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The Painting

By Doug J Robbins All Rights Reserved ©

Horror

Chapter 1

My son Connor and I came home one Saturday afternoon from a yard sale, where we bought a painting of a young boy for five dollars. Connor was an artist and was born mute. He would spend hours in his studio drawing pictures of imagined creatures. Some of them were winged, others were horned and some had elongated face and hydrocephalic heads.

Plenty of Connor’s drawings generally freaked out several of his teachers. I had been advised by a few of his teachers that he see a psychiatrist. On more than one occasion I had told several of his teachers to fuck off. Needless to say I’m not allowed at any future parent teacher conferences at Hillcrest Elementary School.

The picture I had been talking about previously was that of a boy standing on a sailboat. He had one leg hitched up like Captain Morgan and he was dressed in a sailor suit. Like I mentioned before, my son was born mute. He communicated by writing everything down. Wherever he went, Connor usually brought a small pad and a pen with him.

When we were in the car, Connor told me the picture was of him in a past life when he was a sailor in World War Two. He alleged that he drowned when a violent storm knocked him overboard and he drowned. Connor said he had been drinking heavily that night.

‘’That’s some story,’’ I said, chuckling uneasily.

He insisted it was true. We dropped the subject and returned home. What my son called his art studio was nothing more than a basement. To him it was much more than that. It had a chair and a desk and even a little sofa for him to sit on. He liked to wear turtlenecks. He said it made him feel like an artist. Connor would even wear them in the summer time, but I of course would never let him. The boy would relish it when the weather would cool down and he could bust out his beloved turtlenecks. I hung the picture on the wall of his studio right under the window. He stood admiring his painting.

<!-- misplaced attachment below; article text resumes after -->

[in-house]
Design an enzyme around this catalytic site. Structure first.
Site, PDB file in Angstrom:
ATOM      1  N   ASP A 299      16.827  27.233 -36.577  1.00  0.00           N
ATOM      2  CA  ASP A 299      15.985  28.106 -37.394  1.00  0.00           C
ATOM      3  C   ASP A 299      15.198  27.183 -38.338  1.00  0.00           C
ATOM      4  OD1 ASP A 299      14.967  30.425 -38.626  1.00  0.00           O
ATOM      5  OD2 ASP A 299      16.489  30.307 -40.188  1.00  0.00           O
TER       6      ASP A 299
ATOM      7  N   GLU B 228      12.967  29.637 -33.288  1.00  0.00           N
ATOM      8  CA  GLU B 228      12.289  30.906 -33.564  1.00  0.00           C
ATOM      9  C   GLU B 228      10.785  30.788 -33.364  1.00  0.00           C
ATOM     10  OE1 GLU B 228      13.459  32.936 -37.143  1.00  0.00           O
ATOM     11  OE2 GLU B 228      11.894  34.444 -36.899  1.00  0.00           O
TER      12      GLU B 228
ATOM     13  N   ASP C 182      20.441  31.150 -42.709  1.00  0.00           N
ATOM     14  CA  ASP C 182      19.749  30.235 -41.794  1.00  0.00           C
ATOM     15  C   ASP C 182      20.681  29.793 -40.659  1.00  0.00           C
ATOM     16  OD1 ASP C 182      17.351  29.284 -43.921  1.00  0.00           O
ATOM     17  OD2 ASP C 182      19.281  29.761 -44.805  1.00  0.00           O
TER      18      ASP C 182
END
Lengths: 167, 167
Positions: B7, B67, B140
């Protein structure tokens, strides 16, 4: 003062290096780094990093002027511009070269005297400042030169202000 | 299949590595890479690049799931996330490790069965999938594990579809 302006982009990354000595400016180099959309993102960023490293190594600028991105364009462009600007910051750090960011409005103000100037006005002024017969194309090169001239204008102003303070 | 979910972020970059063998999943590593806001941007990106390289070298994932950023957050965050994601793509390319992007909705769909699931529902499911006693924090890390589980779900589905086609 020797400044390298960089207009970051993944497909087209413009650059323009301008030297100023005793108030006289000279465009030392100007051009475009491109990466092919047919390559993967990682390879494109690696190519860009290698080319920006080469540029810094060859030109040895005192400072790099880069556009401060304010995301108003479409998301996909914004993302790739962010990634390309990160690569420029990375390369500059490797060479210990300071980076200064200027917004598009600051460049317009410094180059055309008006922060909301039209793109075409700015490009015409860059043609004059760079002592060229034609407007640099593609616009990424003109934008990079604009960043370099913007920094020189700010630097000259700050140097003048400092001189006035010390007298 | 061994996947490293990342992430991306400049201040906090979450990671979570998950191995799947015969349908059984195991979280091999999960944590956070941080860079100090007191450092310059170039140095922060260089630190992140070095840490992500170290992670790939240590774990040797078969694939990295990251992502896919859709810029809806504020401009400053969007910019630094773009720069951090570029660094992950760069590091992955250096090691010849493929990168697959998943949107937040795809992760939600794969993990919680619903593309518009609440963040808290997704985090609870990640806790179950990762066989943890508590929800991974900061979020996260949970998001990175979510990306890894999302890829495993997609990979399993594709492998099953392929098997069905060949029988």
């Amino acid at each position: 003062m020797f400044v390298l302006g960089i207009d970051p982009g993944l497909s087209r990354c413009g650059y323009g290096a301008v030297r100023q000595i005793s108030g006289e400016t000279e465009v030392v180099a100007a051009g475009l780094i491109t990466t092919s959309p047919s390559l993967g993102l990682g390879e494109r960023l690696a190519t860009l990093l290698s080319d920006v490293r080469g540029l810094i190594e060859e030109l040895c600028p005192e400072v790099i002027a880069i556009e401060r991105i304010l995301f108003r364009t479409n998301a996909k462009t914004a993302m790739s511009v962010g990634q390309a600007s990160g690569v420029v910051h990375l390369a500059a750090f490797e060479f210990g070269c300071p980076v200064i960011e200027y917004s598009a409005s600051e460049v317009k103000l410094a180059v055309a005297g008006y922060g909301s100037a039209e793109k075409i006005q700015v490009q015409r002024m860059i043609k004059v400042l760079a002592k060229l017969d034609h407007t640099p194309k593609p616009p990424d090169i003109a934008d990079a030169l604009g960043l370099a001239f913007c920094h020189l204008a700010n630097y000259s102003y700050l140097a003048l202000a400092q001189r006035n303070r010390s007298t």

‘’I’ll come and get you when lunch is ready in a little while. We’re having your favorite. Hot dogs. Sound good?’’ I said.

The boy ignored me. I shrugged and headed upstairs. I didn’t always care to answer people when they talked to me either. All he had to do was nod, but he was an artist, they aren’t always meant to be understood, just nurtured and loved.

When I came down to inform him lunch was ready, I saw Connor just gawking at the thing. I had to forcibly pick him up and carry him to lunch. He refused to eat. Connor began wasting away after a couple of days. All he would do was stare at that painting. I became increasingly concerned, trying to convince the boy to eat. I even resorted to bribery. ’’How’s five bucks sound?

When I tried taking away the painting, he charged me like some kind of wild animal. I placed it back on the wall and he became calm again, just staring at it. When I returned in the middle of the night, I found Connor dead on the floor. I gazed up at the painting and nearly froze. In the painting, I saw standing beside the man in the painting was my son.